Three Calming Cues for Fibromyalgia and the Holidays

I recently read this blog post by Elaine Merryfield and had to share it with you (with her permission, of course). Elaine has fibromyalgia herself and specializes in helping people learn how to live well with fibromyalgia. Elaine also helps people learn how to reduce their stress.

Elaine and I share similar philosophies about how fibromyalgia has been a blessing, not a curse, in our own lives.

If you’re looking for someone to help you learn some great stress management techniques, see Elaine. If you need someone to keep you accountable for doing the exercises Elaine teaches, see me. =)

Offering Some Calming Cues for the Holidays

Elaine MerryfieldGuest post by: Elaine Merryfield
Navigating Life with Fibromyalgia

Yikes — our big end of the year holidays are now right around the corner.  This is when many of us feel we must attempt to do it all AND do it all perfectly!

I view this approach to the holidays as a microcosm of our struggles with stress throughout the rest of the year.  Our stress during the holiday season is just amplified by all the expectations we place upon ourselves to make these few condensed days into something perfect.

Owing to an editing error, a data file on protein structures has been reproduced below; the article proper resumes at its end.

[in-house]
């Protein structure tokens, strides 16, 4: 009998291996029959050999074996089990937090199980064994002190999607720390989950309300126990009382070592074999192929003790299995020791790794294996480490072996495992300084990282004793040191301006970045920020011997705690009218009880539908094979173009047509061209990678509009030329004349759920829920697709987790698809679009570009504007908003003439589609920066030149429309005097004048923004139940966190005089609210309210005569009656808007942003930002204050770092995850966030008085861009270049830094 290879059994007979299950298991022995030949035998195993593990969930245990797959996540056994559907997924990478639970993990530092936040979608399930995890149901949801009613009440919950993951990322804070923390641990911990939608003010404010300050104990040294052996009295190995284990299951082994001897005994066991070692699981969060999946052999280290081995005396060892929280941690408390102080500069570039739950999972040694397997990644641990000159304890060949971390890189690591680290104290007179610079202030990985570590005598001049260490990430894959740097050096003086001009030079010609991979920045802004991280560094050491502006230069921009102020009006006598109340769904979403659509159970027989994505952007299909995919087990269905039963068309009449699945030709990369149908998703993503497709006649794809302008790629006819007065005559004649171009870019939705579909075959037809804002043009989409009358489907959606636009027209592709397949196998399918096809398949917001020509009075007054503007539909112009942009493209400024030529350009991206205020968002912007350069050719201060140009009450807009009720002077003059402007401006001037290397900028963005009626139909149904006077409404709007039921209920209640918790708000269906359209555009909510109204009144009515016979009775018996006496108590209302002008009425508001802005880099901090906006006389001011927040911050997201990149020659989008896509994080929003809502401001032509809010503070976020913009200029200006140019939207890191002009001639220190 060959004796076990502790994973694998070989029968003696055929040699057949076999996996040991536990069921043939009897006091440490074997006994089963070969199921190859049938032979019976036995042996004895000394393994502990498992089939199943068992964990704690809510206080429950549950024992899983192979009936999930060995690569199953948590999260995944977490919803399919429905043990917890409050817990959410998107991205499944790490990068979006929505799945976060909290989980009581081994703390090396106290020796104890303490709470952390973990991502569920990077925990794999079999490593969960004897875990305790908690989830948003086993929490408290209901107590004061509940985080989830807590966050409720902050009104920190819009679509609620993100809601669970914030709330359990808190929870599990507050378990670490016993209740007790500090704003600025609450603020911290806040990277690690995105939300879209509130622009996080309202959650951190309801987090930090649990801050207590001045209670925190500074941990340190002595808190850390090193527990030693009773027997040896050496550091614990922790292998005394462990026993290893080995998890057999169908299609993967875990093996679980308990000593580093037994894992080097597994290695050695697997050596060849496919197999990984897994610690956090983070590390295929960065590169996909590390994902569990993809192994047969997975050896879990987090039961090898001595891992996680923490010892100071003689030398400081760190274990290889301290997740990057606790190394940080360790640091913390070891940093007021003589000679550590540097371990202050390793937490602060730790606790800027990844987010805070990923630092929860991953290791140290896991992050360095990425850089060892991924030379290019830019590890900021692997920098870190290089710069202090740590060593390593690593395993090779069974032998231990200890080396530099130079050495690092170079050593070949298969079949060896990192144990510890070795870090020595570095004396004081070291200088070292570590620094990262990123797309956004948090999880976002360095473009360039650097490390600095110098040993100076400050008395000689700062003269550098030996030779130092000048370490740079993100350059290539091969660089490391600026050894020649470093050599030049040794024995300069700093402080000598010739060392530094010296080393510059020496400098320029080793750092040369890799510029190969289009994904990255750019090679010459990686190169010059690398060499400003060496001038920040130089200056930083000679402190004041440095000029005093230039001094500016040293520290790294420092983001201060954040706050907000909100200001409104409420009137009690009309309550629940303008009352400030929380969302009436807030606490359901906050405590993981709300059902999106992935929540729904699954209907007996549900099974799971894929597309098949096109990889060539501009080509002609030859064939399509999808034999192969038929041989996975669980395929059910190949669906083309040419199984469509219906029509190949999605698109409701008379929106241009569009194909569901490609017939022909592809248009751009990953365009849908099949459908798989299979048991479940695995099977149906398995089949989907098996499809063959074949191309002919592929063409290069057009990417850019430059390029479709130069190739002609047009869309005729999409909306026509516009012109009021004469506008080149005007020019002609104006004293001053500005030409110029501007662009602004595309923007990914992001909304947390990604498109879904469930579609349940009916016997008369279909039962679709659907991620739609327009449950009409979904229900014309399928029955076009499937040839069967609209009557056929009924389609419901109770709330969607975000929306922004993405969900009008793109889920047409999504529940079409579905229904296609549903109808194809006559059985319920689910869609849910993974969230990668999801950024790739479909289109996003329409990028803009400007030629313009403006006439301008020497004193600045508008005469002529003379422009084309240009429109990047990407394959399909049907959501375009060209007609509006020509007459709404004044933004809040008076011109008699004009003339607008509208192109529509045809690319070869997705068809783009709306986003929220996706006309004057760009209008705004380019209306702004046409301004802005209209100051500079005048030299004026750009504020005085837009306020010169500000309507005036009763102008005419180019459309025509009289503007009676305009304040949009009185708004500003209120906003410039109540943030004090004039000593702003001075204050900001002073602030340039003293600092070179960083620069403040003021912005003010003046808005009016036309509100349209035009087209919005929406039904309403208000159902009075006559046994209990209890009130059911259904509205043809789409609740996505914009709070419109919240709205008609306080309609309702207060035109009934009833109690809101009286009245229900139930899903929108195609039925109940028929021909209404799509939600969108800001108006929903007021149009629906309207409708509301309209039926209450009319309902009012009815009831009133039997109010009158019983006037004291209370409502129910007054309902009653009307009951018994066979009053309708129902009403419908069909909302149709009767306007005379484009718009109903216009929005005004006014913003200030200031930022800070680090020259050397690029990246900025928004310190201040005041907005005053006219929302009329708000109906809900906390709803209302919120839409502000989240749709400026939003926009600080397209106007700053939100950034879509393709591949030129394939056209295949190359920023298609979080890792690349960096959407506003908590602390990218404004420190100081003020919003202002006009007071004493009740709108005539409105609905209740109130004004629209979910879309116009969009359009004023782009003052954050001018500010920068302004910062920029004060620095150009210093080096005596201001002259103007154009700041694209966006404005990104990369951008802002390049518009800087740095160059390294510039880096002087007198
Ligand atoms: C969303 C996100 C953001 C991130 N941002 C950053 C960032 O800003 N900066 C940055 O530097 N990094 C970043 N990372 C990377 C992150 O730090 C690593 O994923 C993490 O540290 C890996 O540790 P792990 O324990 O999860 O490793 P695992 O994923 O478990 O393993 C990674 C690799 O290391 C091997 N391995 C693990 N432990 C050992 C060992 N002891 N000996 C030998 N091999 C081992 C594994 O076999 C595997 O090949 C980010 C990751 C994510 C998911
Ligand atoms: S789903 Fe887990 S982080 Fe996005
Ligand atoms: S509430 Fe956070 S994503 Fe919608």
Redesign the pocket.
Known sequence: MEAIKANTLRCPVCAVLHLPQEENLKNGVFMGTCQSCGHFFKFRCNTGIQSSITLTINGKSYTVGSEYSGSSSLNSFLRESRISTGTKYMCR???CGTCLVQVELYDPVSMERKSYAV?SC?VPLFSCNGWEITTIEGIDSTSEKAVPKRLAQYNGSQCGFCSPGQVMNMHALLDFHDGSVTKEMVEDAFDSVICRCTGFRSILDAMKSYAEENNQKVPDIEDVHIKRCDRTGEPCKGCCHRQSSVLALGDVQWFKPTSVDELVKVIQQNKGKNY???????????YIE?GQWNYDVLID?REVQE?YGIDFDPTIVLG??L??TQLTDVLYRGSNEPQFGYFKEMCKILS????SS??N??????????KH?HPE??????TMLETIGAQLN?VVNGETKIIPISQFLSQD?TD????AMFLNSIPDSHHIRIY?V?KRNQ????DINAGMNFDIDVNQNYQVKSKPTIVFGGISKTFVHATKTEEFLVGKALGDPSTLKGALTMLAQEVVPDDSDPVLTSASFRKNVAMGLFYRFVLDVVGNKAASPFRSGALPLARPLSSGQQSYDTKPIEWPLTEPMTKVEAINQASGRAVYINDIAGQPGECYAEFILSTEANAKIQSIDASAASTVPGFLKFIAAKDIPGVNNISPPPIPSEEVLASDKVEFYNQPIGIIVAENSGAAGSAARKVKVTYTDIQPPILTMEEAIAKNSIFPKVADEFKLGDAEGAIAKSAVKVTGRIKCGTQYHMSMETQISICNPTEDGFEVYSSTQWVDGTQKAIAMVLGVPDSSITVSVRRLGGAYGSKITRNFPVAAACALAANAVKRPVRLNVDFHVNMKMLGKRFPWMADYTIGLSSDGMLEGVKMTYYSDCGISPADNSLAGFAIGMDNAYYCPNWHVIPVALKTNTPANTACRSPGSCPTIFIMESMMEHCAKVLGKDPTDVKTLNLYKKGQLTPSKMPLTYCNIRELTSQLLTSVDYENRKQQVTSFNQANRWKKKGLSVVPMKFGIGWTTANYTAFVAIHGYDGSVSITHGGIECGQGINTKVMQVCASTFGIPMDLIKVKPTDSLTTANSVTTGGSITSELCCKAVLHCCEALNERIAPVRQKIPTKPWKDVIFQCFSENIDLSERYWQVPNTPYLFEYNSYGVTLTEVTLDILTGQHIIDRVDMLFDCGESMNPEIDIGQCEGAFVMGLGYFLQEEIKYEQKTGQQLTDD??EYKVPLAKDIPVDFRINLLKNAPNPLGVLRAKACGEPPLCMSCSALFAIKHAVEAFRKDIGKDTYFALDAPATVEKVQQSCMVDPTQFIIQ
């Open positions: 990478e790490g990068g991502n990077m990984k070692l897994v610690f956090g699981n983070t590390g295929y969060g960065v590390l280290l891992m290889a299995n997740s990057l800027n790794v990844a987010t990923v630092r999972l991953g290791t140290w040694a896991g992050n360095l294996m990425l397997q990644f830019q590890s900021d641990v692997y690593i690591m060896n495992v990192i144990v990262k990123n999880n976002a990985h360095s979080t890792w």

Unreasonable expectations for ourselves?  Yes, definitely — many of us already have  a myriad of other commitments on our plate in addition to the seasonal holiday planning, preparation, and execution.

So I am offering three tips that are just a taste of the many which can be applied to relieving stress both now and at other times of the year.

To Begin… Unwind & Relax

Consciously take a few moments each day to unwind and practice some form of deep relaxation to allow the body to release held stress.

  1. It can be as simple as pausing to take 3-4 deep breaths whenever you are waiting in line anywhere, sitting at stoplights, logging onto the computer, or when transitioning from one task to the next.
  2. Periodically, whenever you are seated, try releasing some held body tension by quietly scanning your body from head to toe — noticing where there may be any areas of tightness, then sending your next 2-3 deep breaths right to that area — while, in your mind’s eye, encouraging the muscles to let go and let down just  a little as you imagine this tension melting and flowing out from your body on your out breaths.
  3. Find about 20 minutes to allow yourself to passively unwind a bit (can be a very nice treat at end of day as you prepare for sleep) by listening to some guided imagery.  One of my favorites is a CD by Belleruth Naparstek, Ohio LISW, entitled Relaxation and Wellness.  Her website is Her materials are also available in Portland, Oregon, at New Renaissance Bookstore AND you can access a podcast of this CD for free through Kaiser Permanente. Enjoy!

Second… Consider simplifying some this year

To do this — first reconnect with yourself and the meaning of these holidays to you personally.  Then it will be easier to identify what your true personal priorities are, ie., what to keep and what to let go… and what to experiment with by modifying.